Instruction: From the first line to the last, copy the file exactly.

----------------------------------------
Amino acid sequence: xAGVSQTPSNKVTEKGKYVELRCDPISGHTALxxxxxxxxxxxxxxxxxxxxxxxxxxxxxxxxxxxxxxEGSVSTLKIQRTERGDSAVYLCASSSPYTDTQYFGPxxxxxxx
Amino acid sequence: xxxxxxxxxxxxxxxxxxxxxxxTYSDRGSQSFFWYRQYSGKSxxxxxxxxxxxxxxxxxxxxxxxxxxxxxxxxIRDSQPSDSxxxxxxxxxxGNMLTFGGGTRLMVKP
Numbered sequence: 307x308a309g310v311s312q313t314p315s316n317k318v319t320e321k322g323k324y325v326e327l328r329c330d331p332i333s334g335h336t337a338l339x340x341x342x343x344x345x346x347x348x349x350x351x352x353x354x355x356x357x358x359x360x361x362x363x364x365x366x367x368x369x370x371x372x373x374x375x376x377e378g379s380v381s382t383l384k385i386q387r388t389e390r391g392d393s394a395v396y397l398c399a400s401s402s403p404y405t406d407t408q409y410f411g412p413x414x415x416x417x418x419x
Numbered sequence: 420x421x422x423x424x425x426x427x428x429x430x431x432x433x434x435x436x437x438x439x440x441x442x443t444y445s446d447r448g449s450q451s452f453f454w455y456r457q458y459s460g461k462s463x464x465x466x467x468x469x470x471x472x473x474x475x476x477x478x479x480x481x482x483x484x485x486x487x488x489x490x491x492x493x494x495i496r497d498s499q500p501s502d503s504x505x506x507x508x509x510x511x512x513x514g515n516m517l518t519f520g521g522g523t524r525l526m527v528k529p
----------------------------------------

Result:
Amino acid sequence: xAGVSQTPSNKVTEKGKYVELRCDPISGHTALxxxxxxxxxxxxxxxxxxxxxxxxxxxxxxxxxxxxxxEGSVSTLKIQRTERGDSAVYLCASSSPYTDTQYFGPxxxxxxx
Amino acid sequence: xxxxxxxxxxxxxxxxxxxxxxxTYSDRGSQSFFWYRQYSGKSxxxxxxxxxxxxxxxxxxxxxxxxxxxxxxxxIRDSQPSDSxxxxxxxxxxGNMLTFGGGTRLMVKP
Numbered sequence: 307x308a309g310v311s312q313t314p315s316n317k318v319t320e321k322g323k324y325v326e327l328r329c330d331p332i333s334g335h336t337a338l339x340x341x342x343x344x345x346x347x348x349x350x351x352x353x354x355x356x357x358x359x360x361x362x363x364x365x366x367x368x369x370x371x372x373x374x375x376x377e378g379s380v381s382t383l384k385i386q387r388t389e390r391g392d393s394a395v396y397l398c399a400s401s402s403p404y405t406d407t408q409y410f411g412p413x414x415x416x417x418x419x
Numbered sequence: 420x421x422x423x424x425x426x427x428x429x430x431x432x433x434x435x436x437x438x439x440x441x442x443t444y445s446d447r448g449s450q451s452f453f454w455y456r457q458y459s460g461k462s463x464x465x466x467x468x469x470x471x472x473x474x475x476x477x478x479x480x481x482x483x484x485x486x487x488x489x490x491x492x493x494x495i496r497d498s499q500p501s502d503s504x505x506x507x508x509x510x511x512x513x514g515n516m517l518t519f520g521g522g523t524r525l526m527v528k529p